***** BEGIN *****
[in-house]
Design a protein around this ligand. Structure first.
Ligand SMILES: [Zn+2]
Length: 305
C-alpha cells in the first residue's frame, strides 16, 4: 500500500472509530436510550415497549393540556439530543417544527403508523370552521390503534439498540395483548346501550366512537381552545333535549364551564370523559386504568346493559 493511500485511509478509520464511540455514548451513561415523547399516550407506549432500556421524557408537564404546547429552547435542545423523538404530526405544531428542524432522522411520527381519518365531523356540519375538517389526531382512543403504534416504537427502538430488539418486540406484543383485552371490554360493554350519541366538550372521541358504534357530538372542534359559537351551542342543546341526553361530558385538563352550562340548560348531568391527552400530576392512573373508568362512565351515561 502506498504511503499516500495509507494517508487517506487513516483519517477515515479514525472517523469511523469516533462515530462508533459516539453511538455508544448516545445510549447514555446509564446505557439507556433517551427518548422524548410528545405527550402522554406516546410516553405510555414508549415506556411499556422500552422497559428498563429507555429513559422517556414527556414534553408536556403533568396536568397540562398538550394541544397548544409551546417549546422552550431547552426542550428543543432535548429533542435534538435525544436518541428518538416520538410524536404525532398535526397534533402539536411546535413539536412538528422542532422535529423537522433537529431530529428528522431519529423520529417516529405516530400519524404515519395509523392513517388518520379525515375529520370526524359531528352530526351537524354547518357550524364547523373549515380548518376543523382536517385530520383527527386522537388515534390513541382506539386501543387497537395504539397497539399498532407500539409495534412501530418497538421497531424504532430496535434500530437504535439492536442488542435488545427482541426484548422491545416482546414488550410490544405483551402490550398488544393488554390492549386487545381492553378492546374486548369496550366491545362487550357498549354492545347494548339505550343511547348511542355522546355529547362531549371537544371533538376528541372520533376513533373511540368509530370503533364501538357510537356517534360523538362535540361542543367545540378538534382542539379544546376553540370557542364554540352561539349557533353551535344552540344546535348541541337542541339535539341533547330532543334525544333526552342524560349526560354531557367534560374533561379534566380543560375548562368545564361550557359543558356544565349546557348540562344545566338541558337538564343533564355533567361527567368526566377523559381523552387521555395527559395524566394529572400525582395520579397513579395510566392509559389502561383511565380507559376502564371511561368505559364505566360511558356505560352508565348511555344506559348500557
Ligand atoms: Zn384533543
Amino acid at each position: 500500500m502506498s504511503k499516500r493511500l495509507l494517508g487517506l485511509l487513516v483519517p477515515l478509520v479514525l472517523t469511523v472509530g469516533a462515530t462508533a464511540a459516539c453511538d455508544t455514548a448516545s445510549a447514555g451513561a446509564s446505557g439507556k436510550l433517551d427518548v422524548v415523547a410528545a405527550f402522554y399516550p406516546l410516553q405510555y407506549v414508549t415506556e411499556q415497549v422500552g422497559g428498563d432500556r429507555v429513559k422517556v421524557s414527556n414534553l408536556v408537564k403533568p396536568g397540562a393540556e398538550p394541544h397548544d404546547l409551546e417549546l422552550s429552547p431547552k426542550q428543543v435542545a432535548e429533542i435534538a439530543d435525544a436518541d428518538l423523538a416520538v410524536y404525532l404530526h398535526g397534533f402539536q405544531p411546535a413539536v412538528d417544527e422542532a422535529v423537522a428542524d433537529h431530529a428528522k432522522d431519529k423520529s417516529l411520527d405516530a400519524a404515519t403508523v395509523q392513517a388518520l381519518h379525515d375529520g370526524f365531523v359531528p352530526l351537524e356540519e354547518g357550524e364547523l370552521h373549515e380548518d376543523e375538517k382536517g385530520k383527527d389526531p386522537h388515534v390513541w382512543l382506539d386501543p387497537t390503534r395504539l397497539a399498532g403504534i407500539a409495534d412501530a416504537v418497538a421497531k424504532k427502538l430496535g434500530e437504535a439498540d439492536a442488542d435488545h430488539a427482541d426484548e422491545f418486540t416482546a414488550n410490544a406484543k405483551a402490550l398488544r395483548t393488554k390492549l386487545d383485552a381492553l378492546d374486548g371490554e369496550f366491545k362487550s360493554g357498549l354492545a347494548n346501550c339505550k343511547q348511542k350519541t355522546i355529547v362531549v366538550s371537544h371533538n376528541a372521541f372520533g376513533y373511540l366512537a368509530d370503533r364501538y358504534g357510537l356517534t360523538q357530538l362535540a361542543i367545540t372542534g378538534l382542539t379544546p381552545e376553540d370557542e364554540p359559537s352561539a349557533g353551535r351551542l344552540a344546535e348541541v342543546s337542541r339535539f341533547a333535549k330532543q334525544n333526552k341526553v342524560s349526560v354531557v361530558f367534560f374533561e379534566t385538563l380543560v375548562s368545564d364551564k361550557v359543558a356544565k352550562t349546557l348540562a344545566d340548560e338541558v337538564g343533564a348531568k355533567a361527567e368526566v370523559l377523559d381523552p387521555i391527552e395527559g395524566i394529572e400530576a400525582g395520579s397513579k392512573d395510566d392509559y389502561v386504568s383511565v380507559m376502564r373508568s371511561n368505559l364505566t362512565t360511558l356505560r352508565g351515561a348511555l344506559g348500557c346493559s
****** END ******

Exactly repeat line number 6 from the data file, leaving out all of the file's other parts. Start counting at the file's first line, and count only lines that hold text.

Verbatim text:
Ligand atoms: Zn384533543